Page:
The Giddy Side of Greed

Michael Urie and Arnie Burton in Nikolai Gogol’s 1836 Russian farce “The Government Inspector,” adapted by Jeffrey Hatcher and directed by Jesse Berger, at the Duke on 42nd Street through June 24. | CAROL ROSEGG

BY DAVID KENNERLEY | With a massive ensemble bursting with Broadway-caliber comedic talent, it’s hard to imagine how they got any work done during rehearsals of the latest revival of “The Government Inspector,” Nikolai Gogol’s goofy farce about greed run amok.

Lead by the irrepressible Michael Urie (the former “Ugly Betty” star who’s been on a roll with critical hits like “Buyer & Cellar,” “How To Succeed in Business Without Really Trying” and “Homos, or Everyone in America”), the cast also boasts the incomparable Mary Testa (“Chicago”), Michael McGrath (“The Front Page”), Arnie Burton (“The 39 Steps”), Stephen DeRosa (“Hairspray”), and many others.

The depth of expertise is abundantly clear onstage. In the hands of the bold, crafty Red Bull Theater, this 1836 gem feels as vital as ever, in no small part due to Jeffrey Hatcher’s modern adaptation.

Michael Urie dazzles as a feckless scoundrel in a timely comedy of errors

Although the script has not been updated to the present-day or set in another locale — say, Washington — it has been goosed-up with clever contemporary touches. The language is fresher, the jokes are crisper, and under the assured guidance of Jesse Berger, the well-timed delivery feels like a top-notch sitcom (that’s meant as a compliment).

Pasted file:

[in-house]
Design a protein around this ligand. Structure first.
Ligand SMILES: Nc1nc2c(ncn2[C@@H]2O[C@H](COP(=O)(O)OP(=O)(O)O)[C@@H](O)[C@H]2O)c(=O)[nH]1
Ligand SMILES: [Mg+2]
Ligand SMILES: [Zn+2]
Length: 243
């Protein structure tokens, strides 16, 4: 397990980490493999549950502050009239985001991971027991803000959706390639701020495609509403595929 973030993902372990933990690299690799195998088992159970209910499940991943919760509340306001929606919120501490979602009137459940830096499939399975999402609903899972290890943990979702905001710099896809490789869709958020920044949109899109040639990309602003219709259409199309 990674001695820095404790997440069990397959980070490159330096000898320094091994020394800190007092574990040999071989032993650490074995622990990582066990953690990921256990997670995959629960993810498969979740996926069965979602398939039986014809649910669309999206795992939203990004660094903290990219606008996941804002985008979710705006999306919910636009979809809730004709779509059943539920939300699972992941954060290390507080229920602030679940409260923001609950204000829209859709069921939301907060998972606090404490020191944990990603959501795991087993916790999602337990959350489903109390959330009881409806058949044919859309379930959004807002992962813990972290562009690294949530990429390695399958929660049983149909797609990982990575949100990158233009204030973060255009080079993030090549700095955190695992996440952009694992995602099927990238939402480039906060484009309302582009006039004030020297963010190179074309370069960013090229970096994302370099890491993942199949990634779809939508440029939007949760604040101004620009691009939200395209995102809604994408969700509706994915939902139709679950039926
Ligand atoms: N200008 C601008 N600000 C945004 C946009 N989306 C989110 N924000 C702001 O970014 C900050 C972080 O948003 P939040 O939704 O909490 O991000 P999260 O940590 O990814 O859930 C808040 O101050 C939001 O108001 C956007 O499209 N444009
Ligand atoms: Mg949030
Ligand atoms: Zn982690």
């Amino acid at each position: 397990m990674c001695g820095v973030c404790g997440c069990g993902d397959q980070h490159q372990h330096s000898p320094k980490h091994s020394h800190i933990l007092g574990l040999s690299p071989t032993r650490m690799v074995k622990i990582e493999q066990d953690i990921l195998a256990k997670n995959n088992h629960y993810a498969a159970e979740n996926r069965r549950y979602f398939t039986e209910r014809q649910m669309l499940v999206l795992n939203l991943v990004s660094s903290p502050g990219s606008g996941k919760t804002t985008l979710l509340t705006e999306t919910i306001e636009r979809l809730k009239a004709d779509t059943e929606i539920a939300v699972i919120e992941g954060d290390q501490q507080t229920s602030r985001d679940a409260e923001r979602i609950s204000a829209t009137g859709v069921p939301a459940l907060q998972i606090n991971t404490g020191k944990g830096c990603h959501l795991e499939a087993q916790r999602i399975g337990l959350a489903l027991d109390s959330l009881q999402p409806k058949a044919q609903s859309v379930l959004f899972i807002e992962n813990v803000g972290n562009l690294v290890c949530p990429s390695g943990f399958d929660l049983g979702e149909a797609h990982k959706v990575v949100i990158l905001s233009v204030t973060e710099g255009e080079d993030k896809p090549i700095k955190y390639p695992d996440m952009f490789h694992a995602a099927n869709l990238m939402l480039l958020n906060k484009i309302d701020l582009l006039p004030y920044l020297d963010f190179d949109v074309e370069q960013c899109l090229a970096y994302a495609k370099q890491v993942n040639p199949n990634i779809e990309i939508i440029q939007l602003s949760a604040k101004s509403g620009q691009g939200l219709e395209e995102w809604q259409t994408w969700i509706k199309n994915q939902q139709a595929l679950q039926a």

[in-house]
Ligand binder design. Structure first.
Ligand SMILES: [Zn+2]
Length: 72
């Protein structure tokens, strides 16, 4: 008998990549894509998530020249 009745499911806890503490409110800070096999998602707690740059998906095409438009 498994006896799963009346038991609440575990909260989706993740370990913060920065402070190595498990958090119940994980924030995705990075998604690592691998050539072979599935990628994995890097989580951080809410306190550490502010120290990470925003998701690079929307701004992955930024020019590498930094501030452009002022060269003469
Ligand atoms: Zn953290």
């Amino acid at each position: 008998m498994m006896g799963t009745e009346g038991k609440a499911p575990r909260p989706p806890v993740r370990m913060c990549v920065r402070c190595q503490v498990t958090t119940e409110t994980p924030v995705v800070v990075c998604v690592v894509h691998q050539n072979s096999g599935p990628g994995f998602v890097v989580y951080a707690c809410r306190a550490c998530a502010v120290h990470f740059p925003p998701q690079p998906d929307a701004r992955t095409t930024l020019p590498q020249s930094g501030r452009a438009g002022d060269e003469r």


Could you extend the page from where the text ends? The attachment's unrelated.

Urie is superb as the self-deluded, lowly civil servant named Hlestakov, clueless to the fact that he’s being mistaken for a high-ranking government inspector traveling incognito and tasked with rooting out corruption in a small provincial Russian town (he thinks everybody is simply being friendly). He fails to catch on even when the town officials start slipping him wads of ruble notes. But how long can this silly charade continue before the real inspector appears?

The exceptional McGrath lends an oily brashness to the Mayor role, channeling the best of Nathan Lane, while Testa shines as the Mayor’s deviously coquettish, less-than-fetching wife, Anna, who must compete with her morose daughter, Marya (a deliciously deadpan Talene Monahon), for the affections of the government inspector.

Perhaps the actor with the biggest challenge is Burton, who plays two very different key roles. His Paul Lynde-esque take on the swishy Postmaster, who reads everyone’s letters and talks longingly of being “invaded by Frenchmen,” might be seen as offensive in its hackneyed portrait of a gay man if it weren’t so funny. Burton also portrays Hlestakov’s seedy, wisecracking valet.

Like any good farce, the piece is overstuffed with mistaken identities, revealing asides, chase scenes with multiple slamming doors, outrageous period costumes (by Tilly Grimes), and crackling dialogue spiked with off-color jokes that land almost every time. To wit: “Men don’t like a woman with a tongue like yours,” Anna says, admonishing Marya, who has just verbally lashed out at her. Marya replies with contempt, “Oh really? Ask around.”

Not that “The Government Inspector” has only hijinks on its mind. The savvy satire raises pointed questions about the moral bankruptcy and corruption of power-hungry government officials, the idiocy of bureaucracy, the oppression of less fortunate folks, and the dangers of self-delusion. Timeless issues that still resonate with a sting today.

THE GOVERNMENT INSPECTOR | Red Bull Theater at the Duke on 42nd Street, 229 W. 42nd St. | Through Jun. 24: Tue.-Wed. at 7:30 p.m.; Thu.-Sat. at 8 p.m.; Wed., Sat. at 2 p.m.; Sun. at 3 p.m. | $60 at or 646-223-3010 | Two hrs., with intermission